Wealthy Nations Daily Update - Russian Rouble

Comrades, today sees the one year anniversary of when the Russian rouble was set free from central bank control, the first time in its post-Soviet history.

Twelve months ago the Russian central bank decided to stop depleting their foreign reserves and allow the rouble to fall, and it did, down over 38% over the last twelve months against the US dollar. This fall almost mirrors the fall in the oil price; over the same period brent crude is down 42%. So what have been the consequences of this currency devaluation?

Inflation has been one of the main problems for the authorities as it moved from an annual rate of around 8.5% to peak early this year at just under 18%; a 13-year high. The bank countered this by repeated interest rate hikes peaking at 17%; however most of this emergency tightening has been reversed with the key rate trading around 11% today. But with inflation and high interest rates came the recession which Russia is still trying to cope with. The drop in wages and disposable income has been very dramatic with the World Bank warning that Russia will experience, for the first time since the 1998-1999 financial crisis, a significant increase in its poverty rate.

Since President Putin took control in 2000 the poverty rate has fallen constantly year-on-year from over 28% to the lows of below 12% but the World Bank expect a rise to around 16% over the next 12 months. Russia’s labour market historically adapts to hard times by cutting salaries and reducing working hours rather than laying off workers. In fact the unemployment rate has just returned to 5.2% where it was back a year ago after a small rise. So it would appear that the big cost has been to the Russian workforce and the standard of living.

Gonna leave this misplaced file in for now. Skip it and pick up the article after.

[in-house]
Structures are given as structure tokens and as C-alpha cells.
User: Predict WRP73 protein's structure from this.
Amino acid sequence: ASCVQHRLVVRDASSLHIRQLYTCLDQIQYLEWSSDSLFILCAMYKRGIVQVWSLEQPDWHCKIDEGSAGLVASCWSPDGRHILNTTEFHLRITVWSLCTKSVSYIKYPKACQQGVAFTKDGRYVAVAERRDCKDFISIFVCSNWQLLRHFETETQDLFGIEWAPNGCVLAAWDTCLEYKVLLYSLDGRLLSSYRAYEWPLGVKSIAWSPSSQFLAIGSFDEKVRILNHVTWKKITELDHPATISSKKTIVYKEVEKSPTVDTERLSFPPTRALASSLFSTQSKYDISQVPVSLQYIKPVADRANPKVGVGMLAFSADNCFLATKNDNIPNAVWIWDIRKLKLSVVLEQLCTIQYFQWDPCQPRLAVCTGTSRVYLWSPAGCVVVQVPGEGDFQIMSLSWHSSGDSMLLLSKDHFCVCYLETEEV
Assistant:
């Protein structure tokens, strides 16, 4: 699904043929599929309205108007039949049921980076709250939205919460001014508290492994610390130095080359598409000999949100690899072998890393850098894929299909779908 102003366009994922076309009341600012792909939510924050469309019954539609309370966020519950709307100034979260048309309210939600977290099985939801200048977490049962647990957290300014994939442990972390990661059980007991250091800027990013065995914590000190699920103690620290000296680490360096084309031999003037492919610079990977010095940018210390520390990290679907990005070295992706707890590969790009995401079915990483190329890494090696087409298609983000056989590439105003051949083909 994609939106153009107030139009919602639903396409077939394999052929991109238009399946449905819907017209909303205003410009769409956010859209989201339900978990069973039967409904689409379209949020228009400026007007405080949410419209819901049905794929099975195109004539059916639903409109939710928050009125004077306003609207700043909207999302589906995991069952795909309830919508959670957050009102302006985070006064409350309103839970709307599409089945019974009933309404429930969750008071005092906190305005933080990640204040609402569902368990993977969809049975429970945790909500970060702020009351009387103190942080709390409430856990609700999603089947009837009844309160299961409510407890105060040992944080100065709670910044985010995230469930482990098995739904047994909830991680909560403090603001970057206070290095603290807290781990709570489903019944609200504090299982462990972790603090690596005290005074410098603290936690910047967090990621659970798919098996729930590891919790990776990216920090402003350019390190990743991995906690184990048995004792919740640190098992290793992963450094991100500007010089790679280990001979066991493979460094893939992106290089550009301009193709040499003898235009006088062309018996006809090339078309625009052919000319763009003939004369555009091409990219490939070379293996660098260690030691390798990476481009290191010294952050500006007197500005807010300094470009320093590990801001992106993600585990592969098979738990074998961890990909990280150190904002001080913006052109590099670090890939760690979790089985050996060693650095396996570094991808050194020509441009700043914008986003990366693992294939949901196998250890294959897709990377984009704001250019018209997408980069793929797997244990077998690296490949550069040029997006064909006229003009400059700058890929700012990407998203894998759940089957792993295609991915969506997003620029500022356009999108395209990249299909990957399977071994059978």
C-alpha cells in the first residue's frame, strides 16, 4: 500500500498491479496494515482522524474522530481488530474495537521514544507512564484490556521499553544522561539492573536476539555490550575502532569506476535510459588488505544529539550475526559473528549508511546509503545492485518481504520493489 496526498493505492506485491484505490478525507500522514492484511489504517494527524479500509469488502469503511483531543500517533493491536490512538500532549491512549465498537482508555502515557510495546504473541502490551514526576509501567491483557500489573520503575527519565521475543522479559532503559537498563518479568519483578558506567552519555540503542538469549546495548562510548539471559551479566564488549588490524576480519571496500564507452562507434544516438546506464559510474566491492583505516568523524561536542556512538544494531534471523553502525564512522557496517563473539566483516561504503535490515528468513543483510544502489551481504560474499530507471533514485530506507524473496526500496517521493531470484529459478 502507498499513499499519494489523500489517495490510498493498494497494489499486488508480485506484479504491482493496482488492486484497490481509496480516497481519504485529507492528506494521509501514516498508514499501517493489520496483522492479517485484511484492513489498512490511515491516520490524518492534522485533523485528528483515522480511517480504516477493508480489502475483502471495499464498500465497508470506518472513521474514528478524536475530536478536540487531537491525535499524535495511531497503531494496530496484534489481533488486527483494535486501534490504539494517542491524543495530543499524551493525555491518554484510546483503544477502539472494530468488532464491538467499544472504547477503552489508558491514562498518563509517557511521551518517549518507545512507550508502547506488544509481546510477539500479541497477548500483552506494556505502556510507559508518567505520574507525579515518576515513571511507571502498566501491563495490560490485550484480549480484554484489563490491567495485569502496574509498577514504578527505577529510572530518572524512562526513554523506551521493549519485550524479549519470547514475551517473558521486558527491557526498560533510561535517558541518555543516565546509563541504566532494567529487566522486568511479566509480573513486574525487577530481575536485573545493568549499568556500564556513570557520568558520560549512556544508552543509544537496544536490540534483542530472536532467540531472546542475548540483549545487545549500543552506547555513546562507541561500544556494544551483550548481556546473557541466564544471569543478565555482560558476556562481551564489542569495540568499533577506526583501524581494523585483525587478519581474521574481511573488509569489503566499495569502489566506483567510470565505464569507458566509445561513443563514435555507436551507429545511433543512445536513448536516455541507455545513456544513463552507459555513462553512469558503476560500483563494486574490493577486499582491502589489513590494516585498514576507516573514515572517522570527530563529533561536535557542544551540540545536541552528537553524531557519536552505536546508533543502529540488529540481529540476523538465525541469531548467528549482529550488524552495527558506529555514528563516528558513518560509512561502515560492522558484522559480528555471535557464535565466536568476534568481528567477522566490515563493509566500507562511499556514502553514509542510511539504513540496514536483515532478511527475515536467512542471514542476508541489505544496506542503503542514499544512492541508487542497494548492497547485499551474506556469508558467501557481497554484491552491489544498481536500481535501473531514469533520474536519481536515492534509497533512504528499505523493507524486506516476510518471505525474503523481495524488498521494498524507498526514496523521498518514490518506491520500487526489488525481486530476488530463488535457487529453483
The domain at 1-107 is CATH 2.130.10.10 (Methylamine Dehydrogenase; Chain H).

However, Russia’s key oil producers have had a rather different experience, with the majority of costs in rouble, i.e. down 38%, income broadly in hard currencies, up 38%, and a very beneficial tax system they are announcing profit margins up around 5% on last year. This comes at a time when other energy companies are cutting back and worried about their budgets.

The fall in the rouble has therefore offset much of the fall in the price of oil, Russia’s main export, and allowed margins to be maintained if not increased even in the midst of the recession. The result is probably a windfall tax on oil and gas companies next year which will help the government invoke some energy into the still lagging domestic economy.

Our Russian holdings, which are all in US dollars, have been the best performing bonds as we look back over the year since the fall in the rouble, and still offer value according to our Relative Value Model with expected returns ranging from 10% to 30%, depending on maturity, should they move to fair value over the coming period.